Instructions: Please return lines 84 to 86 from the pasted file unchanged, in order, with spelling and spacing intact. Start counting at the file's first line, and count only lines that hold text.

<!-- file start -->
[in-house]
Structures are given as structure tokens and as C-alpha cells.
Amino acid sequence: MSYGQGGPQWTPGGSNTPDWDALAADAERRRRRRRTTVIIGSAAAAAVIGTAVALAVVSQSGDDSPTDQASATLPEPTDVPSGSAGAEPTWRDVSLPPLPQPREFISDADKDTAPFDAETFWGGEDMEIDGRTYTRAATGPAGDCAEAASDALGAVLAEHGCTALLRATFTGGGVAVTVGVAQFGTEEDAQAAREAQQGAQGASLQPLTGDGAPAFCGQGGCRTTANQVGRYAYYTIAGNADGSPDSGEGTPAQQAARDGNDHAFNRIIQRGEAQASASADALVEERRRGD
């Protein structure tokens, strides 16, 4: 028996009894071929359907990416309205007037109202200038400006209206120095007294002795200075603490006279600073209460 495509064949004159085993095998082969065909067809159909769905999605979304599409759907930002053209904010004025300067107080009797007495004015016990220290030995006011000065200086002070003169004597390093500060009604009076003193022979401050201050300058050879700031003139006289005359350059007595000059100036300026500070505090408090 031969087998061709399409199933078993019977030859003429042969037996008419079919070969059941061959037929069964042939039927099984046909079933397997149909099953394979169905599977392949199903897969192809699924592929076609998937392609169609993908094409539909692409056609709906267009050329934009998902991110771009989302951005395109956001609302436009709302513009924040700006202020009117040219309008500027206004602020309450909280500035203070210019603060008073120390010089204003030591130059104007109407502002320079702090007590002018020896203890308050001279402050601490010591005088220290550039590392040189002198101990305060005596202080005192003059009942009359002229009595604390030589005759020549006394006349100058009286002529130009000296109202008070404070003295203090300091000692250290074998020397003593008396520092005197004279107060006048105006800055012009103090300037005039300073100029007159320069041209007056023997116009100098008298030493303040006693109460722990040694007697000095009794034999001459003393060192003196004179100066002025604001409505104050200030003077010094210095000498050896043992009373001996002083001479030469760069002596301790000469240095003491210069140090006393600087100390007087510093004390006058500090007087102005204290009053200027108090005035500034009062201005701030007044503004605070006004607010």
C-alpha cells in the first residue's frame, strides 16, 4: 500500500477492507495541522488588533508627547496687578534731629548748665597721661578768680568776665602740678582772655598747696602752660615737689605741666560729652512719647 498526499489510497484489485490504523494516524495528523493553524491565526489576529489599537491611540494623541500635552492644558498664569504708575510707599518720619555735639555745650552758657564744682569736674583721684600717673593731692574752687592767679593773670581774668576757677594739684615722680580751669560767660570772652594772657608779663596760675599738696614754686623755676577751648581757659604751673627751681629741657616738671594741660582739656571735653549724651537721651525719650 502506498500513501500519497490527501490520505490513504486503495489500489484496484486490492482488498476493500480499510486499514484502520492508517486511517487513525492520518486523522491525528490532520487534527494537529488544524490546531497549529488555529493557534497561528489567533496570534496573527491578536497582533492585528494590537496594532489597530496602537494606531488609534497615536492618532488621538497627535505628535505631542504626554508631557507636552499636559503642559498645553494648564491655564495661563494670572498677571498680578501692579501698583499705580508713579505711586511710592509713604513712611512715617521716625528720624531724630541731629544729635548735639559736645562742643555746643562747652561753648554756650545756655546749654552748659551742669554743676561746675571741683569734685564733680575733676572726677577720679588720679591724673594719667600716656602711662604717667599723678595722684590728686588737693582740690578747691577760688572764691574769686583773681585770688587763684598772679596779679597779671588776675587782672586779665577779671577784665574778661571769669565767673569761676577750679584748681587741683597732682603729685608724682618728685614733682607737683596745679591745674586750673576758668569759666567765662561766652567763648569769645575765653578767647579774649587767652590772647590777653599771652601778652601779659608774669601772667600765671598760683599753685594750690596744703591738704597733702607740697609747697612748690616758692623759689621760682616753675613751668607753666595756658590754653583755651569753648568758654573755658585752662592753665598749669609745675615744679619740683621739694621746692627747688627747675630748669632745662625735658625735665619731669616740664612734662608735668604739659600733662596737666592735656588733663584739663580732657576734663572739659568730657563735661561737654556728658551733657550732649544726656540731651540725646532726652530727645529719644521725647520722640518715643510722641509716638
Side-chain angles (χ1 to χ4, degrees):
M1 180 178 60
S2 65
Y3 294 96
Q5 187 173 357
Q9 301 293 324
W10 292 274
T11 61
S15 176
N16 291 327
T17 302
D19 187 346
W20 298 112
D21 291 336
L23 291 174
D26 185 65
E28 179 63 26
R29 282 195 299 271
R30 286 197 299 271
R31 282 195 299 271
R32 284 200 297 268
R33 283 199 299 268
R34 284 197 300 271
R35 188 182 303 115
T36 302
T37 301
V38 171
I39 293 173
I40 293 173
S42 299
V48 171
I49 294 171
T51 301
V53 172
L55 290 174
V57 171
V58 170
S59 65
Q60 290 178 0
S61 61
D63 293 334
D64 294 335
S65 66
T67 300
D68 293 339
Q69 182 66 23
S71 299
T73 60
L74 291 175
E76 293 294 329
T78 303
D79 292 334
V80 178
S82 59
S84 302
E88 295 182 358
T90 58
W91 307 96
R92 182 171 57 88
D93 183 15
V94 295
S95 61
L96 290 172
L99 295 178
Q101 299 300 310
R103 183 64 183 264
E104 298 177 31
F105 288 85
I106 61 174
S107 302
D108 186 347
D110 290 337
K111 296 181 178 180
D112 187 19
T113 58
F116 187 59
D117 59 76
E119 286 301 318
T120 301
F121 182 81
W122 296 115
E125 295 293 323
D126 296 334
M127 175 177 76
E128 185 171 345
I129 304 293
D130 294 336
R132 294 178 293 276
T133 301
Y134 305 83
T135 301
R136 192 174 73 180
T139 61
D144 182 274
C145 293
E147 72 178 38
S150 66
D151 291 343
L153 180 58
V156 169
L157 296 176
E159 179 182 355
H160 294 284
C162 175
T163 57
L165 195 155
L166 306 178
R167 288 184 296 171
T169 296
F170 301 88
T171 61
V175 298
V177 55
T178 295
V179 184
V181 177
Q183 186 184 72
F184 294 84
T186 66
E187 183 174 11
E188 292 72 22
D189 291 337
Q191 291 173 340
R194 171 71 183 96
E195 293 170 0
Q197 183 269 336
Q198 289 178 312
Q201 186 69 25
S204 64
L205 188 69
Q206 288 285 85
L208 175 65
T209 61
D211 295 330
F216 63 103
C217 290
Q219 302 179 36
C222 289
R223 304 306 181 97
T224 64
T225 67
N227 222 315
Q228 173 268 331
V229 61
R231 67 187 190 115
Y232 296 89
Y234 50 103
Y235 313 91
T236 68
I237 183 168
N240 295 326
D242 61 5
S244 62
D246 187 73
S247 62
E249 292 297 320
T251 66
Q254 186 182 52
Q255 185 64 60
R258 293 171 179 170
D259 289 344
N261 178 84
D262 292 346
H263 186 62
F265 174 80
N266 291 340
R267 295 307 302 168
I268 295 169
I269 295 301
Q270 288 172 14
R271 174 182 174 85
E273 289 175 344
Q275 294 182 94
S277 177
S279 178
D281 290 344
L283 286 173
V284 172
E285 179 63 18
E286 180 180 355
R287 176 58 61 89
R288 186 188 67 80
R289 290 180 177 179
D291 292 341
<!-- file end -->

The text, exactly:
T120 301
F121 182 81
W122 296 115